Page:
VOLA was originally created for use in the National Bank of Denmark, in Copenhagen, designed by the renowned Arne Jacobsen, who also marked the beginning of the brand’s history. Now, the company launches an architecture and design campaign in Denmark where VOLA products can be found. Voilà – Danish Vola!
Arne Jacobsen died in the spring of 1971, when the first stage of the Nationalbank building had just been completed. During his long career, Arne Jacobsen designed some of the finest buildings and industrial products of the 20th century, leaving a life’s work that ensured him a distinguished place in international architectural history and making him one of the few Danes known by a wide circle of people throughout the modern world.
Danish tap manufacturer Vola
Danish tap manufacturer Vola celebrates its 50th anniversary, and its sleek products, originally designed by no other than Arne Jacobsen, show no sign of getting old. Some of the company’s earliest products are still fully operational today – most notably Jacobsen’s iconic KV1 tap, which combines simple lines with innovative function.
When Jacobsen created the Nationalbank, he applied the ‘Total Design’ approach, which ranged from designing the door handle to the carpets and cutlery. This, was to prove both the importance of unity, as well as the impact on improving people’s lives. For instance, the Bankers Wall Clock were designed especially for this project.
Jacobsen’s House of the Future
As a very young architect, he introduced himself to the public at a building exhibition in Copenhagen with a project entitled ’The House of the Future’, which featured motorboat access in the basement, a garage at ground level and a helicopter pad on the roof.
The Home of Vola near Horsens in Denmark, is a ‘little universe’ which has grown from 30 to 230 employees, or family members, as they like to call themselves. In the early 1960s, Verner Overgaard, the enterprising owner of Vola approached Arne Jacobsen with the idea of creating a new type of wall-mounted mixer tap in which all its mechanical parts were hidden away behind the wall, exposing only the handles and the spout.
In Denmark, cultural spaces are where design comes to life, and now VOLA invites everyone to participate and be immersed in its cultural campaign, which includes two films made in Copenhagen and Aarhus, featuring interviews with Anne-Louise Sommer, director of the Designmuseum Denmark in Copenhagen, and Jane Sandberg, CEO of ENIGMA Museum of Post, Tele and Communications.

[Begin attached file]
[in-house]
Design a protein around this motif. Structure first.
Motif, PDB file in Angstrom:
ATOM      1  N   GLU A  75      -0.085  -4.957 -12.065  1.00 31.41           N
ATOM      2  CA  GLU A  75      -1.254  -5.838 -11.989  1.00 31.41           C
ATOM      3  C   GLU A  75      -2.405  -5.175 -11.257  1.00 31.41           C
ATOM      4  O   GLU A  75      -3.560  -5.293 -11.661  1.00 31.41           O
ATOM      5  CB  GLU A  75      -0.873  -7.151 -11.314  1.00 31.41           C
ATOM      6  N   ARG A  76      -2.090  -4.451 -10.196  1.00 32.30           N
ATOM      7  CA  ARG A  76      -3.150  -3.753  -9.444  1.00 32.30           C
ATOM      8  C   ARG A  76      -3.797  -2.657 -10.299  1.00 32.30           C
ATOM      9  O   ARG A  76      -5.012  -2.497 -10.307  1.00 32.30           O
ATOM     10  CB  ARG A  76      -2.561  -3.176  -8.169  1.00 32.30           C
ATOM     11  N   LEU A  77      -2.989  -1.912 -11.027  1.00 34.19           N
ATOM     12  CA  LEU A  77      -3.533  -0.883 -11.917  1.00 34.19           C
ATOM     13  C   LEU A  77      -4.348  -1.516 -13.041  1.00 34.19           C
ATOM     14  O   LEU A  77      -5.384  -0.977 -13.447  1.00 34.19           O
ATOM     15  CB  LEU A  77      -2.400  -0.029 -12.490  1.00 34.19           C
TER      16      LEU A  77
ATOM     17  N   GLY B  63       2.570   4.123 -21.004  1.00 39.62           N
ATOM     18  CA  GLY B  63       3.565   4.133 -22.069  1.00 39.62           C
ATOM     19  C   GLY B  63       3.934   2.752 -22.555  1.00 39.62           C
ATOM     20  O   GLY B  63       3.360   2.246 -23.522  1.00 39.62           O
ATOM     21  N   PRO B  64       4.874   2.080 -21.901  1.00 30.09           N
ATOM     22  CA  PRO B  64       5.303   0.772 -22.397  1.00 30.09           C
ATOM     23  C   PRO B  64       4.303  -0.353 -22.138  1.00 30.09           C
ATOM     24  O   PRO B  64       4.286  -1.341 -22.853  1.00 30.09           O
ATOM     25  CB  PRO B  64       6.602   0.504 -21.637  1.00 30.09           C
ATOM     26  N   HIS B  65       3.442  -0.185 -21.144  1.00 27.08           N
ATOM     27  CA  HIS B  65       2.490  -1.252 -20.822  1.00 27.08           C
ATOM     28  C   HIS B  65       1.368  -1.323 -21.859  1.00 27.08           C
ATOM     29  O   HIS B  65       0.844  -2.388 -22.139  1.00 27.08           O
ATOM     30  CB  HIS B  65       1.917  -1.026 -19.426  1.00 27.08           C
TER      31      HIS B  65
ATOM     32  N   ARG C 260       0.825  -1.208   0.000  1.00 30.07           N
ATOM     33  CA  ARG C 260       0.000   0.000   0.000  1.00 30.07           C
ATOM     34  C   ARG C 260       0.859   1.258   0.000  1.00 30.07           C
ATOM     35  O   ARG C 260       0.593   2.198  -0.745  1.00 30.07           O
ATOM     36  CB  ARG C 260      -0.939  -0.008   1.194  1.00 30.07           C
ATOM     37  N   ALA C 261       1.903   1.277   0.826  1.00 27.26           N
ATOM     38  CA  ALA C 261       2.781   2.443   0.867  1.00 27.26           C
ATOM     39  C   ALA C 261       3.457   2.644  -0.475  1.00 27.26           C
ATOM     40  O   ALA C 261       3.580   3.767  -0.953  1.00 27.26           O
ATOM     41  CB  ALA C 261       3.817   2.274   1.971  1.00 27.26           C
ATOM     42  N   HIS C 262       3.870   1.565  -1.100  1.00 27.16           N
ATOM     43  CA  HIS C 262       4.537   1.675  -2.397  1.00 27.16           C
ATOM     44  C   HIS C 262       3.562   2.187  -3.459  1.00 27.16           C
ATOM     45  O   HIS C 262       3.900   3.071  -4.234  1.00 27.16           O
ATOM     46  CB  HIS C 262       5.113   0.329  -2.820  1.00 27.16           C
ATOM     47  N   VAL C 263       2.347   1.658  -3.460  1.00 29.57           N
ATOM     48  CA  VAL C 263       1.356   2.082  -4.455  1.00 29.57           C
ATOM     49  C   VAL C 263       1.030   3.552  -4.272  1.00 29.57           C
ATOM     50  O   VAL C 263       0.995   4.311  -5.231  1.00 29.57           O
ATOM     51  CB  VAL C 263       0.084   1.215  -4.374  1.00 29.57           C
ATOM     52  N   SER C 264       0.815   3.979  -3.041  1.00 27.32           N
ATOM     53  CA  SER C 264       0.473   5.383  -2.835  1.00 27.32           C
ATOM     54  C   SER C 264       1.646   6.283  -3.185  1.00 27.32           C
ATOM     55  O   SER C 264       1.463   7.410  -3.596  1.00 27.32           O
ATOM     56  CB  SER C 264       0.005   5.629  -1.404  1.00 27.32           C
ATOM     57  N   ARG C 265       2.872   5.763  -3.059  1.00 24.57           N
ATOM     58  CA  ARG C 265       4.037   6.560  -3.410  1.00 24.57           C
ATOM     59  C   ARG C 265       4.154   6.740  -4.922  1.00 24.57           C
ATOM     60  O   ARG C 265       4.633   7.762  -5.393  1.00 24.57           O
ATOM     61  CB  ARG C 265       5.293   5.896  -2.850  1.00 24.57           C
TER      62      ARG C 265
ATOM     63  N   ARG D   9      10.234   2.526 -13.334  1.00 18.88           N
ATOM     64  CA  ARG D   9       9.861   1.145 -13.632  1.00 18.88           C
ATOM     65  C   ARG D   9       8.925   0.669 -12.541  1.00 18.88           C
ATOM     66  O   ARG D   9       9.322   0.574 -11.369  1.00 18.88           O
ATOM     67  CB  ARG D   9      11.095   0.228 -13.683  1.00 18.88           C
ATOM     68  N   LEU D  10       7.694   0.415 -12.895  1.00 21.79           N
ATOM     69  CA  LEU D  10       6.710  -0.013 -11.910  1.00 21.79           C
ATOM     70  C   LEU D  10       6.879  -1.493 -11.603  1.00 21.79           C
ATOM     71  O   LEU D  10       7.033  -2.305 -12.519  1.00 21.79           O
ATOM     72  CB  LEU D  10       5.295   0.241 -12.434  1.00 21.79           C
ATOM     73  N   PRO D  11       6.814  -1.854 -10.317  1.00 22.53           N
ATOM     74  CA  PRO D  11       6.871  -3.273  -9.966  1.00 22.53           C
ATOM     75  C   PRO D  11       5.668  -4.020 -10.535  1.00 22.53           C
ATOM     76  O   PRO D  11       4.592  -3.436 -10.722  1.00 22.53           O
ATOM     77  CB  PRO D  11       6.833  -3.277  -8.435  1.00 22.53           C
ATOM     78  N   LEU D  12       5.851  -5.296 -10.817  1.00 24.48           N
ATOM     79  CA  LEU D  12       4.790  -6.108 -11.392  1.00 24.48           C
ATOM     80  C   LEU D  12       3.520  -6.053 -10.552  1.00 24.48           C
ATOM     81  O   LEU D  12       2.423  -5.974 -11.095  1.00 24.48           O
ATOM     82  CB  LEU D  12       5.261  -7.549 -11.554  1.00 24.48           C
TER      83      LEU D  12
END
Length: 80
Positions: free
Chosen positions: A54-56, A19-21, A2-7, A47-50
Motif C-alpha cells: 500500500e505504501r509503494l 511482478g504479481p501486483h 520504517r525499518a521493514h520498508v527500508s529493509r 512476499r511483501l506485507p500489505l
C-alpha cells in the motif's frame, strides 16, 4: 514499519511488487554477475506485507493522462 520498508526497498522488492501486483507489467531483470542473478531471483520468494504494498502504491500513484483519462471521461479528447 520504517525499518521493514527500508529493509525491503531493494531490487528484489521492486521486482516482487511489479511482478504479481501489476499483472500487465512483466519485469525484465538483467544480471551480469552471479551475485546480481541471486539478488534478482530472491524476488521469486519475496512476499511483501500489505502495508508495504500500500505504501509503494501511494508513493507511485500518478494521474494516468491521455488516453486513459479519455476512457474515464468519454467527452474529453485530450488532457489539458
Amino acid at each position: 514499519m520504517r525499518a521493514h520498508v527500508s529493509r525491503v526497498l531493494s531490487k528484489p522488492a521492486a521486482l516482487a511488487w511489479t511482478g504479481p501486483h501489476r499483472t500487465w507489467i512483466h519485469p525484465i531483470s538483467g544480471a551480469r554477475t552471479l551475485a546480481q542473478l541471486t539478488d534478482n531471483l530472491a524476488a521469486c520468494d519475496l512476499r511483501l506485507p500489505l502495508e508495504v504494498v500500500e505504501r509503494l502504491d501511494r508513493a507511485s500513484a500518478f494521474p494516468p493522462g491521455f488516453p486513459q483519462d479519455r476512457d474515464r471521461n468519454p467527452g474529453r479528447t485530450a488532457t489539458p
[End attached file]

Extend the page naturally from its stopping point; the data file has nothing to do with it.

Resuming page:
Design and culture intertwine
Arne Jacobsen’s production was prodigious, and there cannot be many areas that he did not turn his hand to. His works range from several waterfront housing complexes, theatres, sports halls for swimming, riding and tennis, schools and other institutions for children, hotels, central banks and town halls, administrative buildings, factories and laboratories, blocks of flats, row houses and single-family houses. All designed with attention to detail and respect for a good solution, and often incorporating innovations that advanced the field of architecture.
The Vola taps are sculptural additions that can transform the most-humble space into the heart of the home. They are designed to help life run smoothly and meet the demands of a busy home – where kettles are filled and refilled all morning, children’s hands washed after a painting session, and sinks crammed with pots after a spot of baking.
‘In Denmark, we’ve always understood how design and culture intertwine. For many years, we have embraced the practice of ‘total design’, in which every element of a scheme is given equal consideration, from architectural form and landscaping, down to the smallest detail such as a door handle or tap. It is an approach that continues to influence design not only in Denmark, but all over the world,’ says Anne-Louise Sommer, director of the Designmuseum Denmark in Copenhagen and adds, ‘We know that by bringing ‘total design’ into the public realm, we benefit as individuals and as a society.’
It’s part of the Danish way of life to value the principals of form and function everywhere, not just in our homes and important institutions, but in all sorts of places where people meet, stop and experience something together,’
Arne Jacobsen’s goal was totality
Arne Jacobsen’s goal was totality. As an architect, he wanted to have total control of a project and nothing was to be left to chance. This led to the design of a series of products of such high quality that although they were developed in conjunction with specific building projects, they had such universal application that they could become part of standard production. Jacobsen’s designs comprise a wide assortment of items such as furniture, textiles, lighting fixtures, door handles, cutlery, stainless steel tableware, glassware, clocks, water taps and accessories. Many of these products have achieved the status of international classics and have certainly helped Jacobsen’s rise to dizzying heights on the international firmament.
Voilà – Danish Vola! written by Tor Kjolberg